DON WINSLOW: A Great Way to Thank Our Military Abroad
The holidays are approaching, and everyone is getting into a tizzy over what to give and to whom.
We all give gifts to our family. Our kids and grandkids look forward to getting that special present or three while the old folks keep insisting there is nothing they need.
As to the rest of the population out there, it's anyone's call as to whether the newsboy or the gardener gets a special something at Christmastime.
But this year, there is someone special that everyone can thank for his and her efforts. I'm talking about the troops in Iraq and Afghanistan who will be spending the holidays away from home hunkered down in a foreign land, battling on our behalf while we feast and celebrate.
Stephen Barr, in a recent Washington Post column, reported that the Army and Air Force Exchange Service (AAFES), in partnership with various charitable organizations, is sponsoring a program called "Gifts from the Homeland" this holiday season. Working with AAFES are the USO, the American Red Cross, the Air Force Aid Society, Operation Homefront, the Navy-Marine Corps Relief Society, and others.
The program will provide gift certificates to U.S. military personnel serving in the Middle East that can be redeemed at any of the 53 stores or 187 fast-food restaurants the Exchange Service operates in the region.
To send a certificate -- they come in $5 to $50 amounts -- all one has to do is either call 877-770-4438 or go to the www.aafes.org website.
The gift certificate can be sent to a specific individual or, if you don't have a particular person in mind, to "any service member."
I mentioned the program to a few friends in Whispering Pines, and they unanimously agreed the idea of thanking the troops in this way is a great one.
There was a question as to how it was decided who the "any service member" might be. But Barr, in his article, pointed out that the exchange turns to its nonprofit partners to help decide who gets the certificates. Recommendations from commanders and non-commissioned officers identify military in financial need or in need of a cheer-up.
Though it has always been a custom to send "care" packages or boxes of cookies or other goodies to our troops, it is not a good idea to do so in this day and age of terrorism as all packages and boxes, especially from strangers, are suspect.
Besides, Barr quoted Air Force Chief Master Sgt. Bryan Eaton as pointing out that when you ship snacks and goodies to our soldiers and Marines, by the time the packages arrive "a Mars bar does not make it to Iraq looking like it did when it left the states."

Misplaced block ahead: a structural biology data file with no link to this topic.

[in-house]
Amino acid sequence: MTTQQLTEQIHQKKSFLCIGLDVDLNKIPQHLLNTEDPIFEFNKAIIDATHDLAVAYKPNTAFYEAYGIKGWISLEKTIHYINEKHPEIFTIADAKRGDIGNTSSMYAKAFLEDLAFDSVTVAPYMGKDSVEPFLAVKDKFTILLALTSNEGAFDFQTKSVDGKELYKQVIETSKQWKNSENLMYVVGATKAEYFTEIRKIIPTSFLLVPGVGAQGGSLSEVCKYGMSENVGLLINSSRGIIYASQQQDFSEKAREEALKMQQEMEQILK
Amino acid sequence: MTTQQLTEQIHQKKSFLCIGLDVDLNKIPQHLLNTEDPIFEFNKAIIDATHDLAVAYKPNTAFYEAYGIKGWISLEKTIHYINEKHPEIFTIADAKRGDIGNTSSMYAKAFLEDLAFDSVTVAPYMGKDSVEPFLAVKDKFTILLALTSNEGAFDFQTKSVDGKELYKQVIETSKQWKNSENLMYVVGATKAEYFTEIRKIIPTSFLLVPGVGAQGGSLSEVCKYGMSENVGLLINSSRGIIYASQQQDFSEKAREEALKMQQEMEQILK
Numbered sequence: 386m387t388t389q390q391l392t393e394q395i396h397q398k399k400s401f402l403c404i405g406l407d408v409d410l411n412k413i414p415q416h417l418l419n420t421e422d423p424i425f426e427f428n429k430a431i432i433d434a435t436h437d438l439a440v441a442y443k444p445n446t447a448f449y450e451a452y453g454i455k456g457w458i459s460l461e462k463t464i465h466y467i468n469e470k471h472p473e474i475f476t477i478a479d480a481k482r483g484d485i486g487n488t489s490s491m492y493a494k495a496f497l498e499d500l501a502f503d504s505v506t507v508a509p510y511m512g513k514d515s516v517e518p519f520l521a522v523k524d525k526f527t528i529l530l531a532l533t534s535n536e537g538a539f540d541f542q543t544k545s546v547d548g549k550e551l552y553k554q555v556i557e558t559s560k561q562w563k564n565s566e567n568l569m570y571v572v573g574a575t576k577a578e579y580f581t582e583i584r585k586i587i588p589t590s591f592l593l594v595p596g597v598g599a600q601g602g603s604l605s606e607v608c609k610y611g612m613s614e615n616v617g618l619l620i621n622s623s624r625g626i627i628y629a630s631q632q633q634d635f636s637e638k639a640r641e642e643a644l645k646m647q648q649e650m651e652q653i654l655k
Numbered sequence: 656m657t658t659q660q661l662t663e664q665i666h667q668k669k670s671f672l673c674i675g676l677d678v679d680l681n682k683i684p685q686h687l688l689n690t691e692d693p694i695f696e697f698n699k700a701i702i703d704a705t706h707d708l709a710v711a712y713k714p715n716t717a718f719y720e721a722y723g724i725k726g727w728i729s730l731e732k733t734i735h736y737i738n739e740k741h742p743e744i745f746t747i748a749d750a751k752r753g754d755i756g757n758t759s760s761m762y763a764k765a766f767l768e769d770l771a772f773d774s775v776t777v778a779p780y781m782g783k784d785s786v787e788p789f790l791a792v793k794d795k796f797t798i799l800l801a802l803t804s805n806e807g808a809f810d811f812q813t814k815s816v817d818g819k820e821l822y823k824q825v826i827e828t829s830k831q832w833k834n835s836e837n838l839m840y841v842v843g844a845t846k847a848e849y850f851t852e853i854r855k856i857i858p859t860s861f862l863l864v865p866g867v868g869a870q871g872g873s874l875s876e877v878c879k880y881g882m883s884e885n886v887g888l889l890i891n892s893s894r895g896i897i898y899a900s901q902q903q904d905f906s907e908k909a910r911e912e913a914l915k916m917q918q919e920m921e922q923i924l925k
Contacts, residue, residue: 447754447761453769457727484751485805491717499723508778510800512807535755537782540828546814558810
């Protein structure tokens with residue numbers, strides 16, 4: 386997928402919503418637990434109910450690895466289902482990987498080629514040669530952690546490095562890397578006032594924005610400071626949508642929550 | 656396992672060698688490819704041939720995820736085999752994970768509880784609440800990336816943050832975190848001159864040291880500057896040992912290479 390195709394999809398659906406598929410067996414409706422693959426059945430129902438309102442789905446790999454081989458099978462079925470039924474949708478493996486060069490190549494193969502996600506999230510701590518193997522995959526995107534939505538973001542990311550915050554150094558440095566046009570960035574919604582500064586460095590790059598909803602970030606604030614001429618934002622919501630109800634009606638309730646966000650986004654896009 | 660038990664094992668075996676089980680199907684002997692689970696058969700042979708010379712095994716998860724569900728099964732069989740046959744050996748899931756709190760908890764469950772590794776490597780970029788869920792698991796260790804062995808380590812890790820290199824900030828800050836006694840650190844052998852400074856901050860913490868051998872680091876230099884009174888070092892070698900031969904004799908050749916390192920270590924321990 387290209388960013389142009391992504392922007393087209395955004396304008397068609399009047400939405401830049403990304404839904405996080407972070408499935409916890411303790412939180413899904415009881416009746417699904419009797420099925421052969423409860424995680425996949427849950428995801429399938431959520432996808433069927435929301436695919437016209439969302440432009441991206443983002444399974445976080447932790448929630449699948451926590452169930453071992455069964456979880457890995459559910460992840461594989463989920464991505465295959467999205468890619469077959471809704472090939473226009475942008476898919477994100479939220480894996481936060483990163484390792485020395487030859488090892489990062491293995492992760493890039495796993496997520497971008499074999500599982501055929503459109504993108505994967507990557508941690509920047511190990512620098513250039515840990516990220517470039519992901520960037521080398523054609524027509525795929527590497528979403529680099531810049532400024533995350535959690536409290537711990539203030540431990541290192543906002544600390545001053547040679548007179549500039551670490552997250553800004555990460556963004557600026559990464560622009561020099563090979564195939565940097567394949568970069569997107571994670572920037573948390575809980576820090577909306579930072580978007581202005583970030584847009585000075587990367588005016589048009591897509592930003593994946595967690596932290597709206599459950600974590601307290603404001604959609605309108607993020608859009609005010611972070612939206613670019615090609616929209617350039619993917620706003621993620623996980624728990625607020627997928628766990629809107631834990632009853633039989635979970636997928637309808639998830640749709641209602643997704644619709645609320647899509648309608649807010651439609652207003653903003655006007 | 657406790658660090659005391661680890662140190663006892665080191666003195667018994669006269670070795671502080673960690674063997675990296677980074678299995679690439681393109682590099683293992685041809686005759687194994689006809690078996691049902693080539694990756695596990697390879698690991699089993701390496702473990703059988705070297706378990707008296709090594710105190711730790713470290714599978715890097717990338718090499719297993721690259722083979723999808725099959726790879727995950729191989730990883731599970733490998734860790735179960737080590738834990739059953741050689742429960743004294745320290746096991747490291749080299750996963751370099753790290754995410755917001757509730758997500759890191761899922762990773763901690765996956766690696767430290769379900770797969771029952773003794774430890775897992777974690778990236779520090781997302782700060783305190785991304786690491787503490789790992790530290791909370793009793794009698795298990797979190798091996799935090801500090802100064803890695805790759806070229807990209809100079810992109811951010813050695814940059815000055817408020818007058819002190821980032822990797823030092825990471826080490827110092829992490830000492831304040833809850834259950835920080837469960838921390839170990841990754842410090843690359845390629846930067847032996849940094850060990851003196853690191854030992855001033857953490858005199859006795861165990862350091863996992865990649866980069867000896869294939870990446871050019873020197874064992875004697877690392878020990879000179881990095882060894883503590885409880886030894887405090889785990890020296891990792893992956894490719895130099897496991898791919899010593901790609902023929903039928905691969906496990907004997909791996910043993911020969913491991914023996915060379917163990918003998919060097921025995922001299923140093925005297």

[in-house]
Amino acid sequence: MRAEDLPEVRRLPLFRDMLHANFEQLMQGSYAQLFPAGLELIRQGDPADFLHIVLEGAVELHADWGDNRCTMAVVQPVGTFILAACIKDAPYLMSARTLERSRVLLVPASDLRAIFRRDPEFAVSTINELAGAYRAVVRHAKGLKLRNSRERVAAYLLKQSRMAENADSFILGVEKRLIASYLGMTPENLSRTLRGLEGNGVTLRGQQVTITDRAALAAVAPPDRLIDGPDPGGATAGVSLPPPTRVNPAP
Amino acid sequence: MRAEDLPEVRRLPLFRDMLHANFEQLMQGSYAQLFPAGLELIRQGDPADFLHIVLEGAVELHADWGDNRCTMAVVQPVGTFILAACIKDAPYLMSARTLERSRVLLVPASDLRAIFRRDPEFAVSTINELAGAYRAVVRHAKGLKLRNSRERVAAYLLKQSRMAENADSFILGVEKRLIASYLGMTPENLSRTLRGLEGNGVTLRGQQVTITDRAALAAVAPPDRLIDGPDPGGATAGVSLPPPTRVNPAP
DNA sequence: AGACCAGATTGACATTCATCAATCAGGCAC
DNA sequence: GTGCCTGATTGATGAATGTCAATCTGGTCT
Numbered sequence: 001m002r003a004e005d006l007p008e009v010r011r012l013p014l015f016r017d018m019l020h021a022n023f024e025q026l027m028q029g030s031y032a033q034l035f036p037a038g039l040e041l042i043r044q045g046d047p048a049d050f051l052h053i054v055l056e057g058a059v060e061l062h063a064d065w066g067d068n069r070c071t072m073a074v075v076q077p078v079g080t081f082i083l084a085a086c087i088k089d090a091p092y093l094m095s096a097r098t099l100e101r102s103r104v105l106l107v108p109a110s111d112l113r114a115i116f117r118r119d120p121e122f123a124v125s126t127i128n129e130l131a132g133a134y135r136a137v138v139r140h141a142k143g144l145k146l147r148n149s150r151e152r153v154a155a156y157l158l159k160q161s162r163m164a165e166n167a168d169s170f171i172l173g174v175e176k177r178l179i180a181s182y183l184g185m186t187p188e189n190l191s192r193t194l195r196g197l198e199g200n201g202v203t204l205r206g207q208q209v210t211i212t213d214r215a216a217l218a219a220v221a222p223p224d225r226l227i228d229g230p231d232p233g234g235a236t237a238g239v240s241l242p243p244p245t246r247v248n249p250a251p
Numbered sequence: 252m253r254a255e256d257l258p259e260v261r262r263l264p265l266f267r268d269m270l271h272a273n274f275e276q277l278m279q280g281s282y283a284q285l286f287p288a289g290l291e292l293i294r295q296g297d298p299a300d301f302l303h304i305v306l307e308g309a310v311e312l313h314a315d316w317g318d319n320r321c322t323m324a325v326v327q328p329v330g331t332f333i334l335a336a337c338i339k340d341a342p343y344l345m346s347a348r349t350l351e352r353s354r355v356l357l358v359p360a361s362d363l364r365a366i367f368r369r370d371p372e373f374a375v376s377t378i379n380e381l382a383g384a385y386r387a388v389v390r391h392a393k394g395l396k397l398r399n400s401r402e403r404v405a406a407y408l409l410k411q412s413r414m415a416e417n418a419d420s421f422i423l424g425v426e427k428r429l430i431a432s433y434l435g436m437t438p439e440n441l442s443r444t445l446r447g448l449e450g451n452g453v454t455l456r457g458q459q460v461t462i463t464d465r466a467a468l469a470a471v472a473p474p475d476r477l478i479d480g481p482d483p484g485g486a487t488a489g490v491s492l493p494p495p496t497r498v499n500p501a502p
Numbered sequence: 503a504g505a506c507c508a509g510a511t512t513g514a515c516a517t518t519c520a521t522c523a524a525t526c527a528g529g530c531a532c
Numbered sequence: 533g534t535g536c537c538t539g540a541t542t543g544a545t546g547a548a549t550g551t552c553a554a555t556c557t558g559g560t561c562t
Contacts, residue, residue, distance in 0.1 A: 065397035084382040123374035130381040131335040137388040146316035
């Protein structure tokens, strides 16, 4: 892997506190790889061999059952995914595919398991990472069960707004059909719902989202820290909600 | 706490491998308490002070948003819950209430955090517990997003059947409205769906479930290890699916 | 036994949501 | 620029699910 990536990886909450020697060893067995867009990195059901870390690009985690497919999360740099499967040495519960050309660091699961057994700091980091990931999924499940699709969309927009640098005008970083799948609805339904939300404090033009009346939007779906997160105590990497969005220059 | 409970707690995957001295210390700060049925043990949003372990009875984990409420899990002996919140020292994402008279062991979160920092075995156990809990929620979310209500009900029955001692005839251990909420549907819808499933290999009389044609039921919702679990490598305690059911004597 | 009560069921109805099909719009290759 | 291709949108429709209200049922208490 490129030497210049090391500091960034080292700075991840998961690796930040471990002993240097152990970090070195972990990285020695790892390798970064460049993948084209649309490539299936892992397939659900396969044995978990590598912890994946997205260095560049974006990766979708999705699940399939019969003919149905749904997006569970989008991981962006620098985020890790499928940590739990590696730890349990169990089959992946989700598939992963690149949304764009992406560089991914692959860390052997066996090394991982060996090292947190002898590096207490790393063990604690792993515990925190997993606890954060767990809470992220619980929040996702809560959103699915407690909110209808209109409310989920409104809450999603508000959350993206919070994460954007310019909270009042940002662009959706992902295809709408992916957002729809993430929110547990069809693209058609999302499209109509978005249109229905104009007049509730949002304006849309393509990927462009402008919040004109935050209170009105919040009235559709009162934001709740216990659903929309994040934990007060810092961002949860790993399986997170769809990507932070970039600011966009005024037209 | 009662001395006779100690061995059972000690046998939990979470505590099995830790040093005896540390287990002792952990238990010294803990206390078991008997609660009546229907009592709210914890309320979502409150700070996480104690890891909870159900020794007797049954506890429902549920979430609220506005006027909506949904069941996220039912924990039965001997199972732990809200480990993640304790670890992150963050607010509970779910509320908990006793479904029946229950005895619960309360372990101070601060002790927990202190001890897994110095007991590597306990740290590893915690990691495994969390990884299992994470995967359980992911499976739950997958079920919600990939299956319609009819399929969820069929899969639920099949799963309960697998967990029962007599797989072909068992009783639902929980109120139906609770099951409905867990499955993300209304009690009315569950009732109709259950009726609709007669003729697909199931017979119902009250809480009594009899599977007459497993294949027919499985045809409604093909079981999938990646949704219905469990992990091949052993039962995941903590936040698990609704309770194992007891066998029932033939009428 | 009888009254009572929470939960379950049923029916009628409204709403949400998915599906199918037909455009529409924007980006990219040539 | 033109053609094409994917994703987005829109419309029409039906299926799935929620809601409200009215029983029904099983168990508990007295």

Many years ago while I was in the Navy, Uncle Sam provided me the "opportunity" to spend holidays away from my wife and family. I was recalled to active duty in the early 1960s when the Berlin crisis was rumbling across the globe and my destroyer, the USS Tills, was dispatched to Cuba where we remained for Thanksgiving, Christmas, New Year's, Valentine's Day, and beyond.
Though sitting in the relative comfort of a ship and sleeping on a mattress every night was not a hardship, the vigil was a lonely one interrupted maybe every 10 days by a letter. A package never would have made it and if it did, the chocolate chip cookies would probably have made small but effective hockey pucks.
So I know that, in my case, a gift certificate from home, whether from a friend or a stranger, would have been much appreciated even though my situation cannot compare to the dangerous one our military faces in the Muslim world today.
It seems destiny had a hand in my discovery of the "Gifts from the Homeland" program. We had traveled to the Outer Banks for Thanksgiving and were in Corolla when a severe northeaster hit the area. Every morning during our six days there, I went to the local convenience store and bought a USA Today.
The day the storm was in full force, I passed up the chance to buy a newspaper, but my son-in-law, braving the elements, went off and bought me a gazette. By mistake, he picked up The Washington Post. And lo and behold, that was the day the column about the program was published.
So I pass along the information and hope more than a few of us in Moore County take advantage of the opportunity to tell our military men and women "thanks" for all they are doing for us. I know I will.
Don Winslow writes about life in Whispering Pines. He can be reached at email@example.com.
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